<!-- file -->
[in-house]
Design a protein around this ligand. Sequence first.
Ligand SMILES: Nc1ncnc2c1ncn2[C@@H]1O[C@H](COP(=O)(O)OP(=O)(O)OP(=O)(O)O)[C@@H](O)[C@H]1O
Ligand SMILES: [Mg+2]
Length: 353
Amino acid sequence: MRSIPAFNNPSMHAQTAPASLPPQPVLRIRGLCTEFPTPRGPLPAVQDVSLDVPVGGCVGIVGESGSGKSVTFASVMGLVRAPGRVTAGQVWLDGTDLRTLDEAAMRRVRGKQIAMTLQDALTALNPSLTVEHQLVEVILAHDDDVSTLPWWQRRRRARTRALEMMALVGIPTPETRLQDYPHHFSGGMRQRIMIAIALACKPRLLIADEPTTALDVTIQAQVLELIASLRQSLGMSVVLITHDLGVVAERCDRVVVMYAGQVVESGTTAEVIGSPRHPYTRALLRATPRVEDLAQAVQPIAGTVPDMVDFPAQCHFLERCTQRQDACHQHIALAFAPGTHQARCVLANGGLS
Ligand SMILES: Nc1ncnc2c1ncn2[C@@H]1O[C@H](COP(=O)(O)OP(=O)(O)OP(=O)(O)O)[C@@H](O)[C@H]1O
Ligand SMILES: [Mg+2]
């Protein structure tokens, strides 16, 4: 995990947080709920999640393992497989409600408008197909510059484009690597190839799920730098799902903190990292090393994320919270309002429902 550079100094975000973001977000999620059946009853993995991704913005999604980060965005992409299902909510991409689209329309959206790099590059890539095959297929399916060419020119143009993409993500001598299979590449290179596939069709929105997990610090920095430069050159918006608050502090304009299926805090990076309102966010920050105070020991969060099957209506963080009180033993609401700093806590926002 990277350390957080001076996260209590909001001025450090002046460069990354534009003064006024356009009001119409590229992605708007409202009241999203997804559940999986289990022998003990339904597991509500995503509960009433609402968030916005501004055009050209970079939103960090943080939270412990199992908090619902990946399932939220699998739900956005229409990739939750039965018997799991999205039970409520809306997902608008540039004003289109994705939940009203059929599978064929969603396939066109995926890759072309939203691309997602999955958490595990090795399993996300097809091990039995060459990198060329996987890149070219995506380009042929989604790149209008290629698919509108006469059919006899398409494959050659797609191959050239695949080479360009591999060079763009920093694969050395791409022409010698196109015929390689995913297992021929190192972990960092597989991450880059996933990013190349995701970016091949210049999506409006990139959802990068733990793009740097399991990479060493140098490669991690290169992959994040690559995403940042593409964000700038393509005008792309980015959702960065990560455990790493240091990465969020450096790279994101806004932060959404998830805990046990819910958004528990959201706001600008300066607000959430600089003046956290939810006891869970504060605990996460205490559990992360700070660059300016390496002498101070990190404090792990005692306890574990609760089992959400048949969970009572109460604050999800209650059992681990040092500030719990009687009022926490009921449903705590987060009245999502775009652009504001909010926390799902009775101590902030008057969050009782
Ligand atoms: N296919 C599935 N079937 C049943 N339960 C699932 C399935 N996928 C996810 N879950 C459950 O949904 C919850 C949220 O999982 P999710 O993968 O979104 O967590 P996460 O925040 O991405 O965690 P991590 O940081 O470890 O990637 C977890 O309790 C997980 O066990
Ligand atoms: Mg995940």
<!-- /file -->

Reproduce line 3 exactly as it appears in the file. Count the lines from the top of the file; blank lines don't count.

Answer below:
Ligand SMILES: Nc1ncnc2c1ncn2[C@@H]1O[C@H](COP(=O)(O)OP(=O)(O)OP(=O)(O)O)[C@@H](O)[C@H]1O